Read Mark 8:31-38.
“He then began to teach them that the Son of Man must suffer many things and be rejected by the elders, chief priests and teachers of the law, and that he must be killed” (v. 31).
The game was just another challenge for Ohio State. For Penn State, though, it was something much more: a chance to regain some respect.
After the Lions logged seasons of 3-9 and 4-7 in 2003 and 2004 respectively, most pundits said the best that Penn State could hope for in 2005 was at least four or five losses. Thus, despite a 5-0 start that included a 44-14 thumping of 18th-ranked Minnesota, Penn State didn’t garner too much respect across the country. Few folks considered the Lions to be legitimate contenders for the Big Ten title.
So when sixth-ranked Ohio State rolled into town for an Oct. 8 showdown, no one was surprised when the 3-1 Buckeyes were favored. What resulted was one of the greatest games in Penn State football history. It was classic Joe Paterno: great defense and kicking and scoring just enough points to win.
After an early Ohio State field goal, the Lions took the lead for good in the second quarter. A 25-yard romp from tailback Tony Hunt and quarterback Michael Robinson’s 16-yard scramble set up a 13-yard touchdown run by Derrick Williams. He was sprung free by a block from right tackle Andrew Richardson. Three plays later, Calvin Lowry nabbed an interception, and three plays after that, Robinson kept on an option and scored.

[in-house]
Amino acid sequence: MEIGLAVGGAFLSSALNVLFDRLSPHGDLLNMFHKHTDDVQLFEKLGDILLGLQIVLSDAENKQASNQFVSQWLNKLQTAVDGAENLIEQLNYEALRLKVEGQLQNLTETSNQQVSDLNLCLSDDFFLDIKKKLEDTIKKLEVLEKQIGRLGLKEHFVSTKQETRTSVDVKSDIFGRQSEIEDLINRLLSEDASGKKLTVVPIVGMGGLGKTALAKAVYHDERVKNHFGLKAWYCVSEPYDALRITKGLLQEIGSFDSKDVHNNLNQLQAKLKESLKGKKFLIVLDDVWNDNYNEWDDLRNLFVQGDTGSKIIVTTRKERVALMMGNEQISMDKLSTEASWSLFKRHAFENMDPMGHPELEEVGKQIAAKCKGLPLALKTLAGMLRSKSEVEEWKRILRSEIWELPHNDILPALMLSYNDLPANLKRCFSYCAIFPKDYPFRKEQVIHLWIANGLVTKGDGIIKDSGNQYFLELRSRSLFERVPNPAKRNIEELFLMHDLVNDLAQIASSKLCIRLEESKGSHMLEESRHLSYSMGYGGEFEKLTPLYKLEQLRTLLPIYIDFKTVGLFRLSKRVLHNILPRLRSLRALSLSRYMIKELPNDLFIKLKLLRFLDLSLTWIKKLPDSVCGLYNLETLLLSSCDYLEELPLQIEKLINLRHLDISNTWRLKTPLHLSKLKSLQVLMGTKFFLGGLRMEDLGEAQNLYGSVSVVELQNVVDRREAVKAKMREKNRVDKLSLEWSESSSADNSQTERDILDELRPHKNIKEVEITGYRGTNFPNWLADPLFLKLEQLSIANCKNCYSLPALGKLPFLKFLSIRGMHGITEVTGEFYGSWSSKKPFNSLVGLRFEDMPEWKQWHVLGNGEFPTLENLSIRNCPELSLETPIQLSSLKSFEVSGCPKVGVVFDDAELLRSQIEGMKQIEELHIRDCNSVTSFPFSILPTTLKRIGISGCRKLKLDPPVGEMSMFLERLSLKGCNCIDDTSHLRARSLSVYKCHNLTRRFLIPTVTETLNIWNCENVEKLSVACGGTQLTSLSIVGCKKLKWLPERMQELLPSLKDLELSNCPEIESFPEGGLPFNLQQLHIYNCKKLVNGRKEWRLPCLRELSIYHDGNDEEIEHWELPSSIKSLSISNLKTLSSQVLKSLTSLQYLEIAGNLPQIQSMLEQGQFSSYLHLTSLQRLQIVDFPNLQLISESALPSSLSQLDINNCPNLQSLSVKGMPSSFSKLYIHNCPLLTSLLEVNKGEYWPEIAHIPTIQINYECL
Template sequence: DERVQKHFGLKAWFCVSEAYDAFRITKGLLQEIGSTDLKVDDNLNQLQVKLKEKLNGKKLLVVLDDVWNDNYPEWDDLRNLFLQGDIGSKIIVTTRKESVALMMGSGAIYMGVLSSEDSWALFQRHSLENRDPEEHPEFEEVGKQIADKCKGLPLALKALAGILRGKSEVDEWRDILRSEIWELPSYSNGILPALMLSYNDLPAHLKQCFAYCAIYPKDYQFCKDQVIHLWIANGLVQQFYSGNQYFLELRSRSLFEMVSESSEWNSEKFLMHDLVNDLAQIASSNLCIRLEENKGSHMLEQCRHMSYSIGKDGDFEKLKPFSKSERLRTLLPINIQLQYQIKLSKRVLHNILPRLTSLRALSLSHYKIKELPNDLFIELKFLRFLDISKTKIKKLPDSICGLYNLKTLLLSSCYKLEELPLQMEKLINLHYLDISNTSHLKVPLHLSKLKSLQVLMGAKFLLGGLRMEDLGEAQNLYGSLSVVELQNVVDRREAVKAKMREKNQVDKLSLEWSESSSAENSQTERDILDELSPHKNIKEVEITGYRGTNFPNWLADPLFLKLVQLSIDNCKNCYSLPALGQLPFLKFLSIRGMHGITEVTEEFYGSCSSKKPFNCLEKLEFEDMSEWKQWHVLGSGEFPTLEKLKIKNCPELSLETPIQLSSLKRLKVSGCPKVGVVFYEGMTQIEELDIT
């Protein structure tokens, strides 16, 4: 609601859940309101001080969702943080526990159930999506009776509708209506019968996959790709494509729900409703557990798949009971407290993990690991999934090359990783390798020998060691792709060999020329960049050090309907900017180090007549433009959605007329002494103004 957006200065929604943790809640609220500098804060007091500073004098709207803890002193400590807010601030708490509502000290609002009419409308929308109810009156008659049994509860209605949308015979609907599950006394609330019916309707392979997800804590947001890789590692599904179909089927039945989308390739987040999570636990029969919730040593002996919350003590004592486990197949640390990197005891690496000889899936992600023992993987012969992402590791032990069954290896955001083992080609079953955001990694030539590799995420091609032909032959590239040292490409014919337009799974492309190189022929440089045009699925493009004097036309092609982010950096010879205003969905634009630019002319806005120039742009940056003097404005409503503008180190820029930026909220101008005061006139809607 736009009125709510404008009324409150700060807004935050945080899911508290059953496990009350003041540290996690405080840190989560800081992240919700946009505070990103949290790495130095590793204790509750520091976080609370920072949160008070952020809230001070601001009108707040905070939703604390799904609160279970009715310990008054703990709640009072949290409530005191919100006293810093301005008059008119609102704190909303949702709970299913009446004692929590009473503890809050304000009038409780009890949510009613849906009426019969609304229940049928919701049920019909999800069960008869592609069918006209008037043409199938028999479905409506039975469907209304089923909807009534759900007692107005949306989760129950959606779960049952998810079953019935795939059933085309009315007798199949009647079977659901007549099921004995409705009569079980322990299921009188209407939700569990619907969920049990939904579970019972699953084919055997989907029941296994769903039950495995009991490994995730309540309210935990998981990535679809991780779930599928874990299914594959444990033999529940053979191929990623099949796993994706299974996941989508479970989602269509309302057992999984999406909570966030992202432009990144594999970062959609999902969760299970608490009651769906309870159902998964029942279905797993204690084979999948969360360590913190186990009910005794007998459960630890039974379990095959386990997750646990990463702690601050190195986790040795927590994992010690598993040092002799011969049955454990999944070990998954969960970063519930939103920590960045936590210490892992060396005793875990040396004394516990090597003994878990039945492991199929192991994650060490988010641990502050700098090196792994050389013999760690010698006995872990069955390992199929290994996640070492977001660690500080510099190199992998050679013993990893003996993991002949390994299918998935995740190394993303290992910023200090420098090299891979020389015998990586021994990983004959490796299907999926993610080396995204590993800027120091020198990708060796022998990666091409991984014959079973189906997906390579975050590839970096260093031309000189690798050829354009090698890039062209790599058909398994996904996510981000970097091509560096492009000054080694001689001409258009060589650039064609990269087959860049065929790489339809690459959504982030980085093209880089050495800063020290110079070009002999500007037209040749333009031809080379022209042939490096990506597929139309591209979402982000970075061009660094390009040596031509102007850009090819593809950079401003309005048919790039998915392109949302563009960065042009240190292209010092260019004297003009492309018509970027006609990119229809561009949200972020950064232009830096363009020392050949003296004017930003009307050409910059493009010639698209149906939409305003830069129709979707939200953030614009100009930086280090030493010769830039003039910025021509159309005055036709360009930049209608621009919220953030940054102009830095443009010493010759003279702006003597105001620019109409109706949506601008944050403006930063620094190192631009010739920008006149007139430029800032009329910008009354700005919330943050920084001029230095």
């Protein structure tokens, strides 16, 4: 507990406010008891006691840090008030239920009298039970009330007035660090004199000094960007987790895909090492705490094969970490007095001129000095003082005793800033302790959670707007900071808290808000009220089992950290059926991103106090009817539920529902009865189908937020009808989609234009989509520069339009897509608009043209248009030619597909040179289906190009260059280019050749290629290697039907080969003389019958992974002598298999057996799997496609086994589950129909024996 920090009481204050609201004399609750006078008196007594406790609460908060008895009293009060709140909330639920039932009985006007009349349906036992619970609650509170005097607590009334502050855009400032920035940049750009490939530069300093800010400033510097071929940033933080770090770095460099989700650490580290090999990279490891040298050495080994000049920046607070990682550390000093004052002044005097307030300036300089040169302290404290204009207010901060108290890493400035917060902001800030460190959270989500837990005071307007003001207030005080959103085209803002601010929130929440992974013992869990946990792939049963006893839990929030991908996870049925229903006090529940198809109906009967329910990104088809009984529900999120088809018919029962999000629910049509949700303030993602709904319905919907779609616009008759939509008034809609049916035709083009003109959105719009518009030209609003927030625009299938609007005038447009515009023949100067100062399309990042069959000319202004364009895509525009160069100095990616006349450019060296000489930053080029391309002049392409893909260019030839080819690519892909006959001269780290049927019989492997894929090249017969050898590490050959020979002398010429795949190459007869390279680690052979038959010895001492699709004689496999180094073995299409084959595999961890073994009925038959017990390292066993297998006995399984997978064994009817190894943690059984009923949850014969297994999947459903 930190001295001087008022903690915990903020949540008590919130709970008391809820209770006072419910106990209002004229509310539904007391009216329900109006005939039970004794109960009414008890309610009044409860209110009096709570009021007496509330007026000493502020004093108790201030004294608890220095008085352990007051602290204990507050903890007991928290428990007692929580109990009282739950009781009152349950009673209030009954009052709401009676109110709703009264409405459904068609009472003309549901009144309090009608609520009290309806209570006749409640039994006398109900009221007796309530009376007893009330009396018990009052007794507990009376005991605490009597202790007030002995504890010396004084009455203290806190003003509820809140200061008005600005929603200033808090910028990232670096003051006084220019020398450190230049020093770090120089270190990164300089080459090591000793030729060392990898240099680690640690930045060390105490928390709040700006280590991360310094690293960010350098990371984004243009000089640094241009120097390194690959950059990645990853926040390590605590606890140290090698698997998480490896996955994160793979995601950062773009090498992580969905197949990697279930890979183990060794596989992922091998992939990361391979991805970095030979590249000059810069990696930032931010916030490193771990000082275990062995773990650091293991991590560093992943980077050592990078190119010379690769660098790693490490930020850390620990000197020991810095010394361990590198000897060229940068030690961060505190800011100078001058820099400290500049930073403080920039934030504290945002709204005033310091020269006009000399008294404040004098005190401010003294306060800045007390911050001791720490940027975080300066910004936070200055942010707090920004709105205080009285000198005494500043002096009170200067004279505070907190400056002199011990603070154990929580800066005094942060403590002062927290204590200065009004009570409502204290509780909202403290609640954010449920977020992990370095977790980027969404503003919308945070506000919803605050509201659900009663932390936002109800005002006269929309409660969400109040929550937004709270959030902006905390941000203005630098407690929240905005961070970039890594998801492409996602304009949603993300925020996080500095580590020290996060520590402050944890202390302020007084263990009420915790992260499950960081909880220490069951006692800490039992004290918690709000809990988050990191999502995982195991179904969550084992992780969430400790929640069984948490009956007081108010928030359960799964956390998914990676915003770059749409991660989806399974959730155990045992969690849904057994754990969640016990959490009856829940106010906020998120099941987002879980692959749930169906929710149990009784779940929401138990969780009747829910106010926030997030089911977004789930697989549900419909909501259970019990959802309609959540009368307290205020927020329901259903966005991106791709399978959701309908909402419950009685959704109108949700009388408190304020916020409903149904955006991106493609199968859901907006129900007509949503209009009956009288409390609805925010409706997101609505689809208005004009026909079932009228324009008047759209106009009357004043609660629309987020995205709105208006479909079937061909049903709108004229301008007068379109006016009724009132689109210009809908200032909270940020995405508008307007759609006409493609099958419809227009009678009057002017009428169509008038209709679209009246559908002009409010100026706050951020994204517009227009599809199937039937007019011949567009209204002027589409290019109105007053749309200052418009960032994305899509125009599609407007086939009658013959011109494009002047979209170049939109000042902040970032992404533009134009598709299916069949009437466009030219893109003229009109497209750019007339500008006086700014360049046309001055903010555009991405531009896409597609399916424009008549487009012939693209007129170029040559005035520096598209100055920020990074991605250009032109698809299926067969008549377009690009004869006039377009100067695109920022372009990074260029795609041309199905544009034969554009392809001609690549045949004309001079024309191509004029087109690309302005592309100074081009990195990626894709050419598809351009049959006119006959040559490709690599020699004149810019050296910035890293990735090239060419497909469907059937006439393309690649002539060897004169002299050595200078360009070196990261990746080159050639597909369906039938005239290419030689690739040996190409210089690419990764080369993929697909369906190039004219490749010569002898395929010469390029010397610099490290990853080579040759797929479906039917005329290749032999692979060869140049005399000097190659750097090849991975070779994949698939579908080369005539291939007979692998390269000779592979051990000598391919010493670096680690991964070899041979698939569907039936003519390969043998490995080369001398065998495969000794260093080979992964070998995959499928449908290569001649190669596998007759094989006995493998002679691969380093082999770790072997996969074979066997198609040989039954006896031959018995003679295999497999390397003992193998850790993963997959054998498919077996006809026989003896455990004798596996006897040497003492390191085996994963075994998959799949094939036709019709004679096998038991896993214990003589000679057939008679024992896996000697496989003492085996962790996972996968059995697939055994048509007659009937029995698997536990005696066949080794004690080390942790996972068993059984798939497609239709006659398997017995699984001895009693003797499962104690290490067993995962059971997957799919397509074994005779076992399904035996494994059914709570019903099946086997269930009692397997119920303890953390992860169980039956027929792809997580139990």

Ohio State cut the lead to 14-10 with 33 seconds left in the half. The Buckeyes didn’t know it, but they would not score again; the rest of the night belonged to the Penn State defense. Linebacker Paul Posluszny led the charge with 14 tackles.
With the 17-10 win, the Nittany Lions were “back in the territory their predecessors took for granted”: winning and respected.
Rodney Dangerfield made a good living as a comedian with a repertoire that was basically only countless variations on one punch line: “I don’t get no respect.” Dangerfield was successful because he struck a chord with his audience. No one wants to play football for a program that no one respects. You want the respect, the esteem, and the regard that you feel you’ve earned.
But more often than not, you don’t get it. Still, you shouldn’t feel too badly; you’re in good company. In the ultimate example of disrespect, Jesus — the very Son of God — was treated as the worst type of criminal. He was arrested, bound, scorned, ridiculed, spit upon, tortured, condemned, and executed.
God allowed his son to undergo such treatment because of his high regard and his love for you. You are respected by almighty God! Could anyone else’s respect really matter?
This was a chance for us to prove we belonged on the national stage. — Safety Chris Harrell on the Ohio State game
You may not get the respect you deserve, but at least nobody’s spitting on you and driving nails into you as they did to Jesus.